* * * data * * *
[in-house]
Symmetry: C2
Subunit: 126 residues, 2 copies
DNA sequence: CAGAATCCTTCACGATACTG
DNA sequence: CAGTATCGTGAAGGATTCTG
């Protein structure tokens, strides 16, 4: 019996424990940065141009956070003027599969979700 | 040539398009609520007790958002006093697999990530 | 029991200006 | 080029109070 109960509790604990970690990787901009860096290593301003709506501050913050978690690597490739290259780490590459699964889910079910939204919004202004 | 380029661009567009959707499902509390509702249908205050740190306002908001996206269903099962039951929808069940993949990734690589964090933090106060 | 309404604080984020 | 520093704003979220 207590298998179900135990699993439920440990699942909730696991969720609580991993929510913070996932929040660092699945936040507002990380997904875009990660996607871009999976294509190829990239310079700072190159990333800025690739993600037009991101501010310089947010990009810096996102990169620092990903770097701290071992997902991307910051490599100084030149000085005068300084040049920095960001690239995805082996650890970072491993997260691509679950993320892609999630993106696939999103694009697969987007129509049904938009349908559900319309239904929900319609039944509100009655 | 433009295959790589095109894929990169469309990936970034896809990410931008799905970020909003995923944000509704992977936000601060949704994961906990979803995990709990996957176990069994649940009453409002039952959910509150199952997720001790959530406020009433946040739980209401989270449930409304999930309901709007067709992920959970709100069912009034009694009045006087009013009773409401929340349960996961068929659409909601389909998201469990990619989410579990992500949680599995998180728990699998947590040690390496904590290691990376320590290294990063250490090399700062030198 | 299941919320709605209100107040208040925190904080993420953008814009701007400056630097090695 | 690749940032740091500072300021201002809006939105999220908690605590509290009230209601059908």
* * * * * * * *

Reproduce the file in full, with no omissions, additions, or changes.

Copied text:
[in-house]
Symmetry: C2
Subunit: 126 residues, 2 copies
DNA sequence: CAGAATCCTTCACGATACTG
DNA sequence: CAGTATCGTGAAGGATTCTG
């Protein structure tokens, strides 16, 4: 019996424990940065141009956070003027599969979700 | 040539398009609520007790958002006093697999990530 | 029991200006 | 080029109070 109960509790604990970690990787901009860096290593301003709506501050913050978690690597490739290259780490590459699964889910079910939204919004202004 | 380029661009567009959707499902509390509702249908205050740190306002908001996206269903099962039951929808069940993949990734690589964090933090106060 | 309404604080984020 | 520093704003979220 207590298998179900135990699993439920440990699942909730696991969720609580991993929510913070996932929040660092699945936040507002990380997904875009990660996607871009999976294509190829990239310079700072190159990333800025690739993600037009991101501010310089947010990009810096996102990169620092990903770097701290071992997902991307910051490599100084030149000085005068300084040049920095960001690239995805082996650890970072491993997260691509679950993320892609999630993106696939999103694009697969987007129509049904938009349908559900319309239904929900319609039944509100009655 | 433009295959790589095109894929990169469309990936970034896809990410931008799905970020909003995923944000509704992977936000601060949704994961906990979803995990709990996957176990069994649940009453409002039952959910509150199952997720001790959530406020009433946040739980209401989270449930409304999930309901709007067709992920959970709100069912009034009694009045006087009013009773409401929340349960996961068929659409909601389909998201469990990619989410579990992500949680599995998180728990699998947590040690390496904590290691990376320590290294990063250490090399700062030198 | 299941919320709605209100107040208040925190904080993420953008814009701007400056630097090695 | 690749940032740091500072300021201002809006939105999220908690605590509290009230209601059908």